Strength for Today and Bright Hope for Tomorrow

Volume 9 : 11 November 2009
ISSN 1930-2940

Managing Editor: M. S. Thirumalai, Ph.D.
Editors: B. Mallikarjun, Ph.D.
         Sam Mohanlal, Ph.D.
         B. A. Sharada, Ph.D.
         A. R. Fatihi, Ph.D.
         Lakhan Gusain, Ph.D.
         K. Karunakaran, Ph.D.
         Jennifer Marie Bayer, Ph.D.



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Auxiliary Verbs in Modern Tamil

A. Boologa Rambai, Ph.D.


Auxiliary verbs are the verbs which lose their original syntactic and semantic properties when they collocate with other verbs as auxiliary and signify various grammatical meanings which are the auxiliary meanings of the other verbs in the sentences.


raaman ankee iruntaan           "Rama is there" - Main Verb
raaman ankee vantiruntaan           "Ram has come there" - Auxiliary verb

The verbs which thus become auxiliaries may also function like full verbs elsewhere, resulting in formally being identical but functionally different pairs of verbs. The difference is manifested in their different syntactic distribution and semantic denotation.

The function of an auxiliary in any language is to express the voice, mode, tense or aspect of the action denoted by the main verb of a sentence.

Various Names of Auxiliary

Auxiliary verbs have various names. Walther, 1739, Pope, 1859, Arden 1891, Agesthialingom, 1964, Meenakshisundaram, 1965, Isreal , 1976, Karthikeyani, 1976, Srinivasan, 1976, Joseph, 1981 and Steever, 1983 addressed this auxiliary as auxiliary verbs. Bahl, 1967 termed this as Explicator. Hock, 1974 mentioned this auxiliary as Compound Verbs. Subbarao, 1979 called this as Secondary Verbs. Bhat, 1979 termed this as Vector. Kachru pointed out this as Serial verbs.

Characteristics of Auxiliary Verbs

1. Auxiliary verb always occurs after the main verbs and it is dependent upon the main verbs.


iRaivan ceyya vaittaan           "God made him to do this"
naan payantu pooneen           "I was afraid of that"

2. Most of the auxiliary verbs have PNG markers and negative markers but the modal auxiliary verbs do not have the PNG markers and the negative markers except the Model auxiliary verb maaTTu.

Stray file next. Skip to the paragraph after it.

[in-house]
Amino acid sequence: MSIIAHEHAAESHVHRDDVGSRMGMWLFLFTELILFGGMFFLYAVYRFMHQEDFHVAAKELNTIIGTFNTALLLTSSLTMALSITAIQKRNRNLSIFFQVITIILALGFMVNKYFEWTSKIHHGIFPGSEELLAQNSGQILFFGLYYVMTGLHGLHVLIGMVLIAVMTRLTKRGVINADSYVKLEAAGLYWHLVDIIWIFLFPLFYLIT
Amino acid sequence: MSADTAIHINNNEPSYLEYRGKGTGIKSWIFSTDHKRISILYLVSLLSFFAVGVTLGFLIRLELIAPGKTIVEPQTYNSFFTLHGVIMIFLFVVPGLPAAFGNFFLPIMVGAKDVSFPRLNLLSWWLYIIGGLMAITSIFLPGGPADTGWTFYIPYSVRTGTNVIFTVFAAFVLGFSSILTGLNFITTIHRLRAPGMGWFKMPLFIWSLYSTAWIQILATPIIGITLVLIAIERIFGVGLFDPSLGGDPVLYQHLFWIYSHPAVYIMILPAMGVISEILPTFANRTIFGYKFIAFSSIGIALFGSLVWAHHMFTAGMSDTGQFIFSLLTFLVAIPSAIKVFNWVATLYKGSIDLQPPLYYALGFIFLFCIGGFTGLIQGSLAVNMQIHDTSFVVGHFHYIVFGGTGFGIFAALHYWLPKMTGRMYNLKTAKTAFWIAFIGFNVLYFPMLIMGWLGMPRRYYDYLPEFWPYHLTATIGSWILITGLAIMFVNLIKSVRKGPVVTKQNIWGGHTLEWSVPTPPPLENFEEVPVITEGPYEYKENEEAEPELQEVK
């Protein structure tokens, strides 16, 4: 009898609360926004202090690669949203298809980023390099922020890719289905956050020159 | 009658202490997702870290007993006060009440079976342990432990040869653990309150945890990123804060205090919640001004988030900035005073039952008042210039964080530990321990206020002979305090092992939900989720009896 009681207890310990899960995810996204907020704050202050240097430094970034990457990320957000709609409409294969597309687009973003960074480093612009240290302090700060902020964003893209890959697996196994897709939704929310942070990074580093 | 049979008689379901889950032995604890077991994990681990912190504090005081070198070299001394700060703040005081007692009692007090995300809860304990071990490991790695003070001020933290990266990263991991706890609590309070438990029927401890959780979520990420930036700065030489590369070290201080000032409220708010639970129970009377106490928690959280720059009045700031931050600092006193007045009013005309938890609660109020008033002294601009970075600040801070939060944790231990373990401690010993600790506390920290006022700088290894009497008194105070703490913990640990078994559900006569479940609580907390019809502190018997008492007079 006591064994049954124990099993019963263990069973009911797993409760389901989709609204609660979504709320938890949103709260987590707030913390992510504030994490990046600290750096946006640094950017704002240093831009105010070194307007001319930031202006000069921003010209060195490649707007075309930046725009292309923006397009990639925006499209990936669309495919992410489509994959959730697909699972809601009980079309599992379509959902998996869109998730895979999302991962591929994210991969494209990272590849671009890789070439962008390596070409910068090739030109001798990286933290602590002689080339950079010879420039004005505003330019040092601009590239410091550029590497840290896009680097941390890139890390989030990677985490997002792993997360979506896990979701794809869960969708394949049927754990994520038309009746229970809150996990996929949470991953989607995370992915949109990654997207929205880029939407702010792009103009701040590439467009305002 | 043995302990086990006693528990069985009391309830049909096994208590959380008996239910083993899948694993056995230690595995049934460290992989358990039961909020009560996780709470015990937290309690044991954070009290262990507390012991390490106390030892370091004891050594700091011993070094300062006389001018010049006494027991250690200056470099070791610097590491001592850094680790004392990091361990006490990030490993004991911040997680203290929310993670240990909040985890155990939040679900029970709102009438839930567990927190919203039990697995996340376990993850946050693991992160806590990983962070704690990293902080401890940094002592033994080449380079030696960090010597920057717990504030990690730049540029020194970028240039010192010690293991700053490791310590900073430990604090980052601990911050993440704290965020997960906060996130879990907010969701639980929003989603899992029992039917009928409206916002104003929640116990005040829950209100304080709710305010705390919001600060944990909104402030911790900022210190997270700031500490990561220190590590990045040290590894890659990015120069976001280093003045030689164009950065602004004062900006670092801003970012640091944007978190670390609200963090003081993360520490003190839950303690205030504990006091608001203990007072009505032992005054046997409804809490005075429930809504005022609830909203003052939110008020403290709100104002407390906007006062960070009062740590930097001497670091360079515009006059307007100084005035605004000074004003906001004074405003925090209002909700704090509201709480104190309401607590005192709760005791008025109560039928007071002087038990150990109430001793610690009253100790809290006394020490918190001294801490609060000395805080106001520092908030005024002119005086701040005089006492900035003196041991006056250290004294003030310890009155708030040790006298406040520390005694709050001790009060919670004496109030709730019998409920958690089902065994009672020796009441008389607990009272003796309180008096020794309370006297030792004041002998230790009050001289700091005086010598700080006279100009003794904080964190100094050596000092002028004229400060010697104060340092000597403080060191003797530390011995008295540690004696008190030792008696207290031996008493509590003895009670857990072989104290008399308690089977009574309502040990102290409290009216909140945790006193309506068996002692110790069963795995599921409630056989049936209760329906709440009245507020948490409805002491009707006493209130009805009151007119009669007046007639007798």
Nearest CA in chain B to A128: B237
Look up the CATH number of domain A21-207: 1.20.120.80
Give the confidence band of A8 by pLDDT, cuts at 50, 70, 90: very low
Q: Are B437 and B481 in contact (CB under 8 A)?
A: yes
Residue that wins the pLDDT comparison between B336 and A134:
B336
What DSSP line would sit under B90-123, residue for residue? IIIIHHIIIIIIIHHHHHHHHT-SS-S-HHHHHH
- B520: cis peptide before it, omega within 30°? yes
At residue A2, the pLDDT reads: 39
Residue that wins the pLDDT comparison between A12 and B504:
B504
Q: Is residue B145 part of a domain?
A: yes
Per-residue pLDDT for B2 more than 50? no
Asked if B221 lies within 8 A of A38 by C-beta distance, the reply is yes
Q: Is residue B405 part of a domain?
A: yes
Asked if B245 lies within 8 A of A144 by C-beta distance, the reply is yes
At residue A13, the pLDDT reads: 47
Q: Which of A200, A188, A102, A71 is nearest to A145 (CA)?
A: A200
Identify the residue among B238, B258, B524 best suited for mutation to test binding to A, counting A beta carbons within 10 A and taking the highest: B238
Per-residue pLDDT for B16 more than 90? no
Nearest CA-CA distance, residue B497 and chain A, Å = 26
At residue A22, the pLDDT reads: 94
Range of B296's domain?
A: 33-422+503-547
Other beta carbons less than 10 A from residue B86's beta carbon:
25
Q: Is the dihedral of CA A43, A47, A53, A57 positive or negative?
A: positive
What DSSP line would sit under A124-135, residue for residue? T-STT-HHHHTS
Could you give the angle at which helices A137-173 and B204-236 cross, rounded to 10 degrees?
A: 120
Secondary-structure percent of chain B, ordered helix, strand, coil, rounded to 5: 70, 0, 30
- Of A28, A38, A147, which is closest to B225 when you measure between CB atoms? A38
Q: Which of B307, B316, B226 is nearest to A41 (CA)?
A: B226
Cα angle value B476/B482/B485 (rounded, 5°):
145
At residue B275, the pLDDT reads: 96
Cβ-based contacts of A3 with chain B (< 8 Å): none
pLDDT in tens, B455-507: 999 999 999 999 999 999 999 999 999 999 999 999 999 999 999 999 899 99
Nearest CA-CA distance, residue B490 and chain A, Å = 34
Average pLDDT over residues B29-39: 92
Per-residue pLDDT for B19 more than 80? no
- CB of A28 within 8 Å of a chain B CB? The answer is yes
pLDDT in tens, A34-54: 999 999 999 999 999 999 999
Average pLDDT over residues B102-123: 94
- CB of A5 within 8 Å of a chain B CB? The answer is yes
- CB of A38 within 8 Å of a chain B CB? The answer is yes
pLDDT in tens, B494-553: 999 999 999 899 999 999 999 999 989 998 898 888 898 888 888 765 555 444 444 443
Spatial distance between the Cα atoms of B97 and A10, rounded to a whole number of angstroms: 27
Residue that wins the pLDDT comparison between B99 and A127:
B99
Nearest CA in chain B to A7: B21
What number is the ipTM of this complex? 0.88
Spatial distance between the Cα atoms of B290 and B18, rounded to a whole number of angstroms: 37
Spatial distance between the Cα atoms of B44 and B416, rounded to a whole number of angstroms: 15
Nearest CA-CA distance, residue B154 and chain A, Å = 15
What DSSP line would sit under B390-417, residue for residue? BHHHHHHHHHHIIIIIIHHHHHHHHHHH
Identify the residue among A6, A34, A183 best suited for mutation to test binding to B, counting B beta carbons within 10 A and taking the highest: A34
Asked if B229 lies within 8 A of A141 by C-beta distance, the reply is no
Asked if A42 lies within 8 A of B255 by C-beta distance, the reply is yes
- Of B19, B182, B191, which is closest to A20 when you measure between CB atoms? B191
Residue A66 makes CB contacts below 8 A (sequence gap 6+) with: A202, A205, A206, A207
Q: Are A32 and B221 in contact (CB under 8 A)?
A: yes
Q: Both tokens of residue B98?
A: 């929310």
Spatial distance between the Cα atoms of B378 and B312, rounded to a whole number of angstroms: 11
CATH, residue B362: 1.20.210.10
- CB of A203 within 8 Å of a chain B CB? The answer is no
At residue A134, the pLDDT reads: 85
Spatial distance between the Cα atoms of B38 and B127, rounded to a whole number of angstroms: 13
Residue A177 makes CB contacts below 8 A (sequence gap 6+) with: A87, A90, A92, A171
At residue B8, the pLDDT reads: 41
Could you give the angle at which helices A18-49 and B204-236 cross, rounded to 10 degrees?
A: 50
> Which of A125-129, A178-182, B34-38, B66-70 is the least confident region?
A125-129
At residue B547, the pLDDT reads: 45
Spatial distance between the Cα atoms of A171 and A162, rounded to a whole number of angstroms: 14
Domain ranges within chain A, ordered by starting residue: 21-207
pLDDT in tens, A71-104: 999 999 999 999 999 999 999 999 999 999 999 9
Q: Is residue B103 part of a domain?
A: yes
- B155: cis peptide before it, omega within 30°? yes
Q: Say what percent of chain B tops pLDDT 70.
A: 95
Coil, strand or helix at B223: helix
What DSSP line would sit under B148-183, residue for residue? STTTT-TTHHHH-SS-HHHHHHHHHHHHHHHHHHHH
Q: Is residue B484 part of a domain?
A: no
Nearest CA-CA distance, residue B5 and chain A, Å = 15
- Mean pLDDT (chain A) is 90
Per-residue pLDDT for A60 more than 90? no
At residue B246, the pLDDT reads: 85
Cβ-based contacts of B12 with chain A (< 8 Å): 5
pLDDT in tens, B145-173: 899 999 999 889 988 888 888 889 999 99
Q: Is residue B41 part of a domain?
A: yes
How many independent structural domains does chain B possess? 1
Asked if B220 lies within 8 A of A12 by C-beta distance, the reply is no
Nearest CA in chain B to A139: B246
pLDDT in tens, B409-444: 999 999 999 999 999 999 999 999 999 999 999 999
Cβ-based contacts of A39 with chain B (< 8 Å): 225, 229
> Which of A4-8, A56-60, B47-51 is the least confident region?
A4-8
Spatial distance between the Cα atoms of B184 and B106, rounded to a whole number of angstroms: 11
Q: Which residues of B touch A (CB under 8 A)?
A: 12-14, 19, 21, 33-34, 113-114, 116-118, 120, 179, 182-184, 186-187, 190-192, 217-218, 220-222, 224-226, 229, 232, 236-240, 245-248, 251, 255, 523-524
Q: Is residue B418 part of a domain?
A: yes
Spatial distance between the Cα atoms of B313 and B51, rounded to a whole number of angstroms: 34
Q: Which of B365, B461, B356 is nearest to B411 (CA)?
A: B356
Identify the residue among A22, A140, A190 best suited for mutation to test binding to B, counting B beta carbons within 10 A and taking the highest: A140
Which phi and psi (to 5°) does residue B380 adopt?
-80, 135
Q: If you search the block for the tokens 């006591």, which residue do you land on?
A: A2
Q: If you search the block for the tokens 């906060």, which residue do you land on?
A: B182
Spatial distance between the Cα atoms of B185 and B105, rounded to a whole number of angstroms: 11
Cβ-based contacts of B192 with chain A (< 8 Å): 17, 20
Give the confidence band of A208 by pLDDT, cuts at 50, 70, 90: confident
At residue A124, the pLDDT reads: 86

murugan ceytu kaaTTinaan           "Murugan demonstrated it."
inRu mazhai varakkuuDum           "Today the rain may come."
avan vara maaTTaan           "He won't come definitely."

3. Auxiliary verbs come after the verb root of the main verb, infinitive form of the main verb, verbal participle form of the main verb, relative participle form of the main verb, finite verb of the main verb, verbal noun form of the main verb and the participial noun of the main verb and the conditional infinitive form.


puRaa viTu paTTatu           "The pigeon left out"
Verb root

iraaman colla vantaan           "Rama has come for telling this"

kaNNan vantu irukkiRaan           "Kannan has come here already"
Verbal Participle

kaTaikku vantirunta raaman           "Rama who has come to the shop"
Relative Participle

kala vantaaL illai           "Kala who had not come"
Finite Verb

nii varalaam           "You may come"
Verbal Noun

iraamantaan paarttavanaam           "Rama one who saw that"
Participial Noun

geetha paaDip paarttaal teriyum           "If Geetha try to sing then it will be clear"
Conditional Infinitive Form

4. When Auxiliary verbs occur in compound sentences, then the auxiliary may be deleted from the sentences.

naan paarttum irukkiReen: naan keeTTum irukkiReen = naan paarttum
keeTTum irukkiReen. "I had seen; I had heard = "I both seen and heard"

This is only the beginning part of the article. PLEASE CLICK HERE TO READ THE ARTICLE IN PRINTER-FRIENDLY VERSION.

Attitude towards Mother Tongue - A Study of the Tribal Students of Orissa | Computer-mediated Communication in a Bilingual Chatroom | Compensation Strategies for Speaking English Adopted by Engineering Students of Tamil Nadu - A Study | Acquisition of English Intransitive Verbs by Urdu Speakers | Community, Culture and Curriculum in the Context of Tribal Education in Orissa, India | Auxiliary Verbs in Modern Tamil | Getting Around 'Offensive' Language | Noun Morphology in Kuki-Chin Languages | A Plea for the Use of Language Portals in Imparting Communication Skills | Advances in Machine Translation Systems | A Comparative Study of the Effect of Explicit-inductive and Explicit-deductive Grammar Instruction in EFL Contexts | Lexical Choice and Social Context in Shashi Deshpande's That Long Silence | The Voice of Servility and Dominance Expressed through Animal Imagery in Adiga's The White Tiger | Phonological Analysis of English Phonotactics of Syllable Initial and Final Consonant Clusters by Yemeni Speakers of English | Effective Use of Language in Communicating News through Political Emergency | Helping the Limited English Proficient Learner Learn the Second Language Effectively through Strategy Instruction | P.S. Sri's The Temple Elephant: A Bestiary with Socio-Political and Spiritual Message | Papers Presented in the All-India Conference on Multimedia Enhanced Language Teaching - MELT 2009 | A Phonological Study of the Variety of English Spoken by Oriya Speakers in Western Orissa - A Doctoral Dissertation | HOME PAGE of November 2009 Issue | HOME PAGE | CONTACT EDITOR

A. Boologa Rambai, Ph.D.
Department of Tamil Language and Translational Studies
Dravidian University
Kuppam - 517 425
Andhra Pradesh, India

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